AbstractMetastable materials are characterised by a change in properties as a response to external stimuli such as heat, light, pressure, or changes in magnetic field. Such properties are of great interest for a range of industries, from sensors to data storage materials, due to their highly reversible switching properties. The molecular scale of those compounds is increasingly being considered as the answer to the miniaturisation of the components used in the construction of working devices, but process control of the synthesis of these compounds can be difficult to exact using batch production methods. The synthesis of several switchable compounds, notably of spin-crossover (SCO) materials, is investigated using different flow platforms; the Oscillatory Baffled Reactor (OBR) from the group of Professor Harris Makatsoris at Cranfield University, the Kinetically Regulated Automated Input Crystalliser (KRAIC) designed by Dr Karen Robertson at the University of Bath and a series of commercial Vapourtec Flow reactors.
It is found that by investigating a range of reactions and reactor parameters via design of experiments (DOE) principles, it is possible to create simulated models in order to predict and target particle size; the success of which has been confirmed by particle size analysis. Scale-up production of the materials presented herein has been achieved with actual control of the metastable properties of the materials using flow synthesis. Switching properties have been controlled and a particular correlation between method of production and switching ability has been observed. In addition, methods based on Computational Fluid Dynamics (CFD) are presented to combine data from CFD simulation experiments with practical experimental outcomes to have better insight of the reactors studied and improve metastable material production.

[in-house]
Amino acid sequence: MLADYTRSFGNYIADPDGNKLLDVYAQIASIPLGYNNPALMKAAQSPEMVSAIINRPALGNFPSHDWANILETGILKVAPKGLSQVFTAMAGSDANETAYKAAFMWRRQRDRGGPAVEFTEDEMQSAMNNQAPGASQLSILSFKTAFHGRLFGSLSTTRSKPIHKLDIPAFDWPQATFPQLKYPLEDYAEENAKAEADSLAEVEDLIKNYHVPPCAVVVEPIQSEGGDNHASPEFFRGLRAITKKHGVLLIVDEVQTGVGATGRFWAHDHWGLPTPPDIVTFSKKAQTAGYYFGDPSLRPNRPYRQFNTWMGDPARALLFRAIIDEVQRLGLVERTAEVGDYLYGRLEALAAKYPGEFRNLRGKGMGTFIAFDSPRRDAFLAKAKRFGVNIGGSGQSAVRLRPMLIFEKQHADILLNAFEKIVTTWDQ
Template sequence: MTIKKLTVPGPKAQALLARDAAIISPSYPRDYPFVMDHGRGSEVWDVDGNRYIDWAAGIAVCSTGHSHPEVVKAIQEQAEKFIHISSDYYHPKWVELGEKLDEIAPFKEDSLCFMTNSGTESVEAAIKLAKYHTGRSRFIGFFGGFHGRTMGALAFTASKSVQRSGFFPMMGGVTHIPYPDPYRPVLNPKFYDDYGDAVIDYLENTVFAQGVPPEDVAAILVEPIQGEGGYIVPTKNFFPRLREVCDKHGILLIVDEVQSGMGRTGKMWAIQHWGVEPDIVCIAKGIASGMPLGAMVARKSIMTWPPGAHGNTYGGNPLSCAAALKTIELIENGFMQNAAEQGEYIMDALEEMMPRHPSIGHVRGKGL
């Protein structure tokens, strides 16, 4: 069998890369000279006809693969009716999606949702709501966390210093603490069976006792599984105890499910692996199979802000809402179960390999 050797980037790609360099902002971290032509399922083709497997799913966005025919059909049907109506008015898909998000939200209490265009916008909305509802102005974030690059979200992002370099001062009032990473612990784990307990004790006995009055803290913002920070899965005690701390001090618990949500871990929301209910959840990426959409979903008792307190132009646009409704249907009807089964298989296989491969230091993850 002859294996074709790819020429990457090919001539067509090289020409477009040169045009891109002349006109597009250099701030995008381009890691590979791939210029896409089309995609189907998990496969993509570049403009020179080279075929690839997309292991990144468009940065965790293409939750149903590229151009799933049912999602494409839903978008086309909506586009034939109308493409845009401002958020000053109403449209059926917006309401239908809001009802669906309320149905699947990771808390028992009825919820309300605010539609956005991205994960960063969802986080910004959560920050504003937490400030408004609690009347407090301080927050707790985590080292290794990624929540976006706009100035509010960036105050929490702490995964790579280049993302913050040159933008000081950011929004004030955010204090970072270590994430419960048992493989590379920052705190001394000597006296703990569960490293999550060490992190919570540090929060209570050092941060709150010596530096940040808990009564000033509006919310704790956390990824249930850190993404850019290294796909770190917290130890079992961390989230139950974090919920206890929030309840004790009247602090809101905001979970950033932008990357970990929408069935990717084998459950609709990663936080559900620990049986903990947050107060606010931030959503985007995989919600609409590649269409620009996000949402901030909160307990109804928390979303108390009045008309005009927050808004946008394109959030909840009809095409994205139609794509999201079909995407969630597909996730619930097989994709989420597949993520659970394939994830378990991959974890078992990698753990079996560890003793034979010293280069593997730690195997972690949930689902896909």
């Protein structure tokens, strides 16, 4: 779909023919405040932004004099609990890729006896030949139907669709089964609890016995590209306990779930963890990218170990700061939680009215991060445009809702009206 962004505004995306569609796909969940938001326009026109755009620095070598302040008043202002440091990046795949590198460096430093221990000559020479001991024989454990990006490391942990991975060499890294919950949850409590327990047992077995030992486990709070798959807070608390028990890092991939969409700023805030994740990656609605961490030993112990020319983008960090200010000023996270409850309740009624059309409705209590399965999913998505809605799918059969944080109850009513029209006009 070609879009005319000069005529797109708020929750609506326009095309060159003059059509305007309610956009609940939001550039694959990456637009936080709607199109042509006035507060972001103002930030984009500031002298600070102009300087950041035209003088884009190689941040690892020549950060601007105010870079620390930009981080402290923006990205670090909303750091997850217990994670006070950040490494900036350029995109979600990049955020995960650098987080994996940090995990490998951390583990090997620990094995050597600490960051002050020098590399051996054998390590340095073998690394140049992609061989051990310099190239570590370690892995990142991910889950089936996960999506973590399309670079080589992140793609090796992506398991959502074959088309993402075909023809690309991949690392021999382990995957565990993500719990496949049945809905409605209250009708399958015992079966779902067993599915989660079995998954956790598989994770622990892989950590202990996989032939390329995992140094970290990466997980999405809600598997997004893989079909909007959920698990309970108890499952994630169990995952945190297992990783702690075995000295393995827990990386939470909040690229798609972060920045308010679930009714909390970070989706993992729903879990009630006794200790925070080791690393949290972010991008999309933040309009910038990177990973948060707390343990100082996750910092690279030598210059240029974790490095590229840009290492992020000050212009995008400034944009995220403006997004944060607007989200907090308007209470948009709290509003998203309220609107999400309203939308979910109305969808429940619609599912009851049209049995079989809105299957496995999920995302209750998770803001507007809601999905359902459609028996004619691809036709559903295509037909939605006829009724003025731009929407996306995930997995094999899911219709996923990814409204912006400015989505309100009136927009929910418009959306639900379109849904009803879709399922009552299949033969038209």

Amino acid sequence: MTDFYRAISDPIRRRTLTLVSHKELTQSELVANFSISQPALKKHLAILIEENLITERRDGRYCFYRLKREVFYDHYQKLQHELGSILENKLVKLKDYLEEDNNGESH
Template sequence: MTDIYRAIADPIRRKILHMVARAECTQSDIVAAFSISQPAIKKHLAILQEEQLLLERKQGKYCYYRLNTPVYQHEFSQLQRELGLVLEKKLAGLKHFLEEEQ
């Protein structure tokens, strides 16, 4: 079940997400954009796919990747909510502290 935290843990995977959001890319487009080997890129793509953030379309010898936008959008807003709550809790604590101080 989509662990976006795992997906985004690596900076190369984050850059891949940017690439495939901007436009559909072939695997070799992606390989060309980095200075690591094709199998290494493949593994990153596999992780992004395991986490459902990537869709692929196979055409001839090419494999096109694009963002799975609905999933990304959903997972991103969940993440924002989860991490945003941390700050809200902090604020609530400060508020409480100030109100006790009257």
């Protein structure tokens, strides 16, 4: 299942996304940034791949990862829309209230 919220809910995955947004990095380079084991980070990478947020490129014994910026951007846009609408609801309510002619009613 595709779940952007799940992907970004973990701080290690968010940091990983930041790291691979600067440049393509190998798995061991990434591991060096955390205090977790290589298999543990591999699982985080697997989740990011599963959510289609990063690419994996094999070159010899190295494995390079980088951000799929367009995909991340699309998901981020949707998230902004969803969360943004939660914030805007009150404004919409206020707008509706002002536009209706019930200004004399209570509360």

|Date of Award||19 Jun 2019|
|Supervisor||Paul Raithby (Supervisor) & Chick Wilson (Supervisor)|